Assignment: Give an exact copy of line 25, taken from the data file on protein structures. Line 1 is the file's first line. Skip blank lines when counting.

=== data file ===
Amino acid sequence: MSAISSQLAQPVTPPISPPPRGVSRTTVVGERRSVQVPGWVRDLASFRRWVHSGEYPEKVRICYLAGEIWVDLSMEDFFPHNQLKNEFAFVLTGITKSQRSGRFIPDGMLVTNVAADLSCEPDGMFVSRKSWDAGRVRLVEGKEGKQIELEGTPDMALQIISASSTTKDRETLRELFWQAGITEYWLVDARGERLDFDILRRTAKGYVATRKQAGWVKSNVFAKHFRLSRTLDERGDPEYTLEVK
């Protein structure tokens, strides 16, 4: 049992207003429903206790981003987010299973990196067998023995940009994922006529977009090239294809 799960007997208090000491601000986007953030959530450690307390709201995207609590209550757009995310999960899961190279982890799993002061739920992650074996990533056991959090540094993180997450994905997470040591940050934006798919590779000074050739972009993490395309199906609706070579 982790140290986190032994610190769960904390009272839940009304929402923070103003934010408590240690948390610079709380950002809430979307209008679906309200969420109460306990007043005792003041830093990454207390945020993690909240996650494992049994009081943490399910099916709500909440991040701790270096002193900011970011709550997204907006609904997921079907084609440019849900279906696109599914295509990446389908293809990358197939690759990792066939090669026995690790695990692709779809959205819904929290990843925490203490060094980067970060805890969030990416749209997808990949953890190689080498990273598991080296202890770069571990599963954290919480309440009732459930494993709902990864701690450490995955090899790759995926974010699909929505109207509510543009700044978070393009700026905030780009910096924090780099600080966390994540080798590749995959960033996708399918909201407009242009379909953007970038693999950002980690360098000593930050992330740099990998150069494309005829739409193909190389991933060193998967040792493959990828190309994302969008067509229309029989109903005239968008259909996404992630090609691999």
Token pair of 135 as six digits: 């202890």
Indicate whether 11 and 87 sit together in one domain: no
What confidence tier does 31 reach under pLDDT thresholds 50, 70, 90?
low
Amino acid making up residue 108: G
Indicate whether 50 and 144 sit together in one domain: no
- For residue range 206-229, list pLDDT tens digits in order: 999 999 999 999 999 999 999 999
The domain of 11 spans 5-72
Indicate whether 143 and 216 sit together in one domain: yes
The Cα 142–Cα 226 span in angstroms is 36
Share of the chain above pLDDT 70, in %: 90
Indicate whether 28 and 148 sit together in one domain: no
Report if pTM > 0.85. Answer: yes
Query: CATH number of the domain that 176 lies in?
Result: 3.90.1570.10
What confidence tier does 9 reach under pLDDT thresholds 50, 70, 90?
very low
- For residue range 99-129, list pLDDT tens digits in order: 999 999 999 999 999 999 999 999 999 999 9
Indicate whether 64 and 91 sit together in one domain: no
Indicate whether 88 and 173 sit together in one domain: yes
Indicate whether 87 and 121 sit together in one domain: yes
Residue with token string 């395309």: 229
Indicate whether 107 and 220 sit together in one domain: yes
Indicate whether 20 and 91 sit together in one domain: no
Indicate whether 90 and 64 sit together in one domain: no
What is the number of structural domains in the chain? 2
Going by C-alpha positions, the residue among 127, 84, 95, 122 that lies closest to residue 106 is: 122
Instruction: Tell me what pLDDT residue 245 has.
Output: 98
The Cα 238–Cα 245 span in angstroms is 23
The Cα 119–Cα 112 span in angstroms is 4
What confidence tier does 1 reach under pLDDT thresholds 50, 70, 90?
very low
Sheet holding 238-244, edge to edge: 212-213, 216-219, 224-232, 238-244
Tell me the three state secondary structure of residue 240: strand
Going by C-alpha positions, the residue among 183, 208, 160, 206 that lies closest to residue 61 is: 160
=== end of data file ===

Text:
Indicate whether 107 and 220 sit together in one domain: yes